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« Breaking the BBC's radio monopoly | Main | More trouble coming? »
Friday
May082009

On localism

Chris Dillow wonders if people aren't disposed to a truly liberal society, their preferences being distorted by cognitive biases - for example that they might prefer the devil they know to the devil they don't, or that they might see only the benefits of a step in an authoritarian direction but not the hidden costs.

His points are not obviously wrong, but I do wonder if the importance of what he is saying is a function more of the kind of society we have become in the last twenty years than a reflection of the way things have to be.

As the British state has become more and more centralised, it has become virtually impossible for meaningful experiments into different ways of running society to be undertaken. Everything has to be processed by the Whitehall machine with its wide array of British Leyland minds struggling to deal with any idea not rooted in 1940s economic thinking.

Innovation has been well and truly stifled.

In a society where innovation in ways of running things are so difficult, the problems which Chris Dillow identifies are made so much the worse. Rather than having to persuade a majority of people somewhere to overcome their cognitive biases, it is necessary to persuade a majority of people everywhere. In practice it doesn't happen.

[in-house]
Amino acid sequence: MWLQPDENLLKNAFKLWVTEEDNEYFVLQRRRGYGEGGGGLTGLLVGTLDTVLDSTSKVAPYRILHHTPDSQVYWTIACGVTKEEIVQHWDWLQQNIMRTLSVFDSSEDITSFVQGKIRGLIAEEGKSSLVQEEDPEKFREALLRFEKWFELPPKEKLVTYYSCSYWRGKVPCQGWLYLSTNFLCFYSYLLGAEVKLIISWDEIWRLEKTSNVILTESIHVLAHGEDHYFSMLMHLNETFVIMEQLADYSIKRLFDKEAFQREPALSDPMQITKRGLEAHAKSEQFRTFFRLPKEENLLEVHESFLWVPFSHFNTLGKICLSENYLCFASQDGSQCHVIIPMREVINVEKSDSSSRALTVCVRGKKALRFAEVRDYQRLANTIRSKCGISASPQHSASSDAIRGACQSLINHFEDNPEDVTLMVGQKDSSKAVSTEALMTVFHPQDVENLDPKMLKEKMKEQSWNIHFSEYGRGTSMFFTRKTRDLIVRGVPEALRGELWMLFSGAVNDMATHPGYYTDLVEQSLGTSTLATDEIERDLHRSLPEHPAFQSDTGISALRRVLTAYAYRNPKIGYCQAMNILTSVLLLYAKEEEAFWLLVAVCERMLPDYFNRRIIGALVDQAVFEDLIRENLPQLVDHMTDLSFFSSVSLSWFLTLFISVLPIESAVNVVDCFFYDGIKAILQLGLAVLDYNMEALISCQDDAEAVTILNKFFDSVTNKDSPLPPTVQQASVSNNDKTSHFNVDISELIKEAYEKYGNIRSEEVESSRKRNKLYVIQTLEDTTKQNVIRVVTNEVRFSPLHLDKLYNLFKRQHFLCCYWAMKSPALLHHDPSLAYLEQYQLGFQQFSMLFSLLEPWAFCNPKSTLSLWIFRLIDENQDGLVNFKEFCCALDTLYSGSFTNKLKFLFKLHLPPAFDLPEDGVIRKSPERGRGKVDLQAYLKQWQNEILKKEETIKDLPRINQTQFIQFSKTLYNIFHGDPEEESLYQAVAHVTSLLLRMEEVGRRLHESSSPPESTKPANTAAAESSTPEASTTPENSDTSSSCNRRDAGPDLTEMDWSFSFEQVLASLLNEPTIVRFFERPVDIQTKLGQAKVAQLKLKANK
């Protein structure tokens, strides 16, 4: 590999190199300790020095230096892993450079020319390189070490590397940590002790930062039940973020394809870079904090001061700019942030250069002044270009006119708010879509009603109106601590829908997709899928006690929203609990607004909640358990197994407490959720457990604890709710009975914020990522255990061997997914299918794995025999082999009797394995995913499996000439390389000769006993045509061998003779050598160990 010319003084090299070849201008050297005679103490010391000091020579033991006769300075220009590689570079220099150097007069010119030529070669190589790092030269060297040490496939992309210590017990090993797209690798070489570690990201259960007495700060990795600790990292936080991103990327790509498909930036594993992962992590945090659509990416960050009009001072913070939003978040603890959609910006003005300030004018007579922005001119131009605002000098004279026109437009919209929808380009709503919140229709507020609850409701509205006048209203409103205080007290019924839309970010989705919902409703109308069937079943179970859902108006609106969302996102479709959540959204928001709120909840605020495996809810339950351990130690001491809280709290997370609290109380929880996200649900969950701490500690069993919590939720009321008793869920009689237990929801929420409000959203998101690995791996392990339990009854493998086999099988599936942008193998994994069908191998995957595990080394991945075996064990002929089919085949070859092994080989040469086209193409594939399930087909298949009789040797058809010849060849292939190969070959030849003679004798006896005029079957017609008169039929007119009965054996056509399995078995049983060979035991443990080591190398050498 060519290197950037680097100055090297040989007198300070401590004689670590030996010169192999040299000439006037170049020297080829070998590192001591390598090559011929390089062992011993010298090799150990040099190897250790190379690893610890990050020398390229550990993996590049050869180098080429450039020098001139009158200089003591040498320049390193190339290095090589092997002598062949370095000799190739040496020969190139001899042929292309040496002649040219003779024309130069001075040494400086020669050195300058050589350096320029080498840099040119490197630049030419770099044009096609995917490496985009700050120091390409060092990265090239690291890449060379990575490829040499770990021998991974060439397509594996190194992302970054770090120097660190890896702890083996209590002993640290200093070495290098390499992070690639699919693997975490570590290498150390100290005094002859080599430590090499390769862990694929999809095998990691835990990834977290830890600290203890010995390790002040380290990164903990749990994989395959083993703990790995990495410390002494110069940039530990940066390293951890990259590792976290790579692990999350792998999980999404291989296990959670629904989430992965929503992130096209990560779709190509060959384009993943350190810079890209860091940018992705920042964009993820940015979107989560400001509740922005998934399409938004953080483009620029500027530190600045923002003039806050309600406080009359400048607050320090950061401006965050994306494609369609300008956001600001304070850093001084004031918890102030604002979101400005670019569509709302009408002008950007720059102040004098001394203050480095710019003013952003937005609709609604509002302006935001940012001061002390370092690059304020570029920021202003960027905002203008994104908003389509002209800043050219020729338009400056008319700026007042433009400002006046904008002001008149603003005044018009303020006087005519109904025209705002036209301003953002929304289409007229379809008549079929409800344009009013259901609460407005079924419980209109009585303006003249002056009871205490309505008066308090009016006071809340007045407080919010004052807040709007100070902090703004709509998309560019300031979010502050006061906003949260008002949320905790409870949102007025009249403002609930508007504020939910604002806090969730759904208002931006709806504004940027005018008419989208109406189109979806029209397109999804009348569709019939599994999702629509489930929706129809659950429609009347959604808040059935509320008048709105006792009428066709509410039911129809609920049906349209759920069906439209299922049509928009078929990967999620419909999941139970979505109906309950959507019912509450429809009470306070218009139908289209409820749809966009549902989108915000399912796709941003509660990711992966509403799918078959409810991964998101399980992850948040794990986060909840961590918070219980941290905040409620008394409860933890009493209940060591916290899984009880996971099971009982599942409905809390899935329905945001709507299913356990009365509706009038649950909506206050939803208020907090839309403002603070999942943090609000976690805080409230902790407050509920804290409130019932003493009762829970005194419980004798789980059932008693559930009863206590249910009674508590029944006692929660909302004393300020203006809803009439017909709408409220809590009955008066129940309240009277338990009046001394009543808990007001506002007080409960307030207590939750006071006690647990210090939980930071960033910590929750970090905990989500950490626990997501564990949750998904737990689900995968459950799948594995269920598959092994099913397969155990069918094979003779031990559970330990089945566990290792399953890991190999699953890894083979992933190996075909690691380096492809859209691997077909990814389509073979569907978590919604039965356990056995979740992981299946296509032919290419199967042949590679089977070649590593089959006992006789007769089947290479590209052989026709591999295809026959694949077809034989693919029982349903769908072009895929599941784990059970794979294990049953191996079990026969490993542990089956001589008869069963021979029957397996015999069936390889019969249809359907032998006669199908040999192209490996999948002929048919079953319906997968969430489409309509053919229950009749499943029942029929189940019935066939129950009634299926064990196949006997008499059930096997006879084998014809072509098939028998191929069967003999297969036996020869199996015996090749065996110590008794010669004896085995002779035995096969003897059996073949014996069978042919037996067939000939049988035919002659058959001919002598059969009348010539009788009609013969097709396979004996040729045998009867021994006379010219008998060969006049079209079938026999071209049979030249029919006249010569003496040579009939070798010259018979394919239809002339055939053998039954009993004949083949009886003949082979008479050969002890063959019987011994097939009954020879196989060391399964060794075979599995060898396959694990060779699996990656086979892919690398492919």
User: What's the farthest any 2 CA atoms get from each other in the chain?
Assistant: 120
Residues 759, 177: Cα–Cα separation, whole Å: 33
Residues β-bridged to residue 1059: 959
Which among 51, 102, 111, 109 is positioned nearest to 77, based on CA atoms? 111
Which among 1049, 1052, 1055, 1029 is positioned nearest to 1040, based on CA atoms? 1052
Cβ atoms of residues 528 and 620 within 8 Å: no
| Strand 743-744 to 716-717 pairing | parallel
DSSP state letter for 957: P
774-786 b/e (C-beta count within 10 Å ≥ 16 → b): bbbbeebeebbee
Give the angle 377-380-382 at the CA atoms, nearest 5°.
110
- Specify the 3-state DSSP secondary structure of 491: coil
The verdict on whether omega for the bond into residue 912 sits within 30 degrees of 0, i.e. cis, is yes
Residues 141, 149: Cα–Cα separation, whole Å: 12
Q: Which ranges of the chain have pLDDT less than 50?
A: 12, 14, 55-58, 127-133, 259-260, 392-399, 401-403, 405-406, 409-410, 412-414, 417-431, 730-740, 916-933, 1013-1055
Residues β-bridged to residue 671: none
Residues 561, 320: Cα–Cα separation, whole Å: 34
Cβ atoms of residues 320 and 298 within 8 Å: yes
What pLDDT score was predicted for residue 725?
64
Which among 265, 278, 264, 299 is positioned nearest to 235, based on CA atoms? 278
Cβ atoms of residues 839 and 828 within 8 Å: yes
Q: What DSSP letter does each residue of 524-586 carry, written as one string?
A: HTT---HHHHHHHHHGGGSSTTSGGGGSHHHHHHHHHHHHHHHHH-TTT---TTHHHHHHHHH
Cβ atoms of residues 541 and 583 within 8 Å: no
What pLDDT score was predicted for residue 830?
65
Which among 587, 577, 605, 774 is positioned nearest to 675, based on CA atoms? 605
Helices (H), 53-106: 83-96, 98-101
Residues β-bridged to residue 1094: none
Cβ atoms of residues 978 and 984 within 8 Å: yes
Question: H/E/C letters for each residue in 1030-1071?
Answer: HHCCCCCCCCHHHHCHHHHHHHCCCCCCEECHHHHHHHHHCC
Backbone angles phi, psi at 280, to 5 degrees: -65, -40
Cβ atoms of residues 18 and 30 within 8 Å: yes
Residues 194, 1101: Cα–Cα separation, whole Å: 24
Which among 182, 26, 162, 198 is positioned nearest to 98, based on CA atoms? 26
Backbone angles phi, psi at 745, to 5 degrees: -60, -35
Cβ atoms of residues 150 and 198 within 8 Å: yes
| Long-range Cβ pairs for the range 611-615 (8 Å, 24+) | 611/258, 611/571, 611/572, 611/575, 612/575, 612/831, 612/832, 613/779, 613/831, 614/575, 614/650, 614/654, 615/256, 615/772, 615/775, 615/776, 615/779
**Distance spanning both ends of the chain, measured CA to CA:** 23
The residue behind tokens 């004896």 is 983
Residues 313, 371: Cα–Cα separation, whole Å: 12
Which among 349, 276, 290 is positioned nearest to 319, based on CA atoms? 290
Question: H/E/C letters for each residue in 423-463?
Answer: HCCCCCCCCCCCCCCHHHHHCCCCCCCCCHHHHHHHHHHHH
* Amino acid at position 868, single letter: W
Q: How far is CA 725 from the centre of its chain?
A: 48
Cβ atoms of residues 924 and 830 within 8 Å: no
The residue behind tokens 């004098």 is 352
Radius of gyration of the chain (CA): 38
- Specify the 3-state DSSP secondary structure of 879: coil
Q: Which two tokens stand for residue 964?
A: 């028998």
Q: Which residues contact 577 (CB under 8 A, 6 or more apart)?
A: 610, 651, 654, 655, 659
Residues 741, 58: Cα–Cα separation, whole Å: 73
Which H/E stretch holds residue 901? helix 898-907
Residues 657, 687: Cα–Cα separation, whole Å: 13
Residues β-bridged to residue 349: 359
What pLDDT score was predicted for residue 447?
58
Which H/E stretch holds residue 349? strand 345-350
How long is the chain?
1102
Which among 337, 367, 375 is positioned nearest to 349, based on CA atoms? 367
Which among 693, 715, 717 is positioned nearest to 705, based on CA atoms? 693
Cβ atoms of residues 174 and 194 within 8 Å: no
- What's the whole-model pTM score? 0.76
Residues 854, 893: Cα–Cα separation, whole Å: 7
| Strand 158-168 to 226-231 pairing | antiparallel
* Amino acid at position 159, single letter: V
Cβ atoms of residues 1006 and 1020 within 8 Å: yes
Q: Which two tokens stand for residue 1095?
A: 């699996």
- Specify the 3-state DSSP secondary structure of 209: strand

It's the same in America, where the constitutional guarantees of federalism and individual sovereignty have been undermined by the Supreme Court leaving the ninth and tenth amendments as mere words that hold no fear for the executive and the legislature alike.

I was therefore interested to see this attempt to add a whole new bill to the constitution, rolling back decades of judicial undermining of American federalism. It remains to be seen if it will amount to anything, but it at least provides a modicum of hope for our transatlantic cousins.

For us in the UK, with our (mainly) unwritten constitution, this sort of grand rewriting of the rules is, of course, not possible. We simply have to choose a government that will devolve power downwards.

I think we could be waiting a long time.

 

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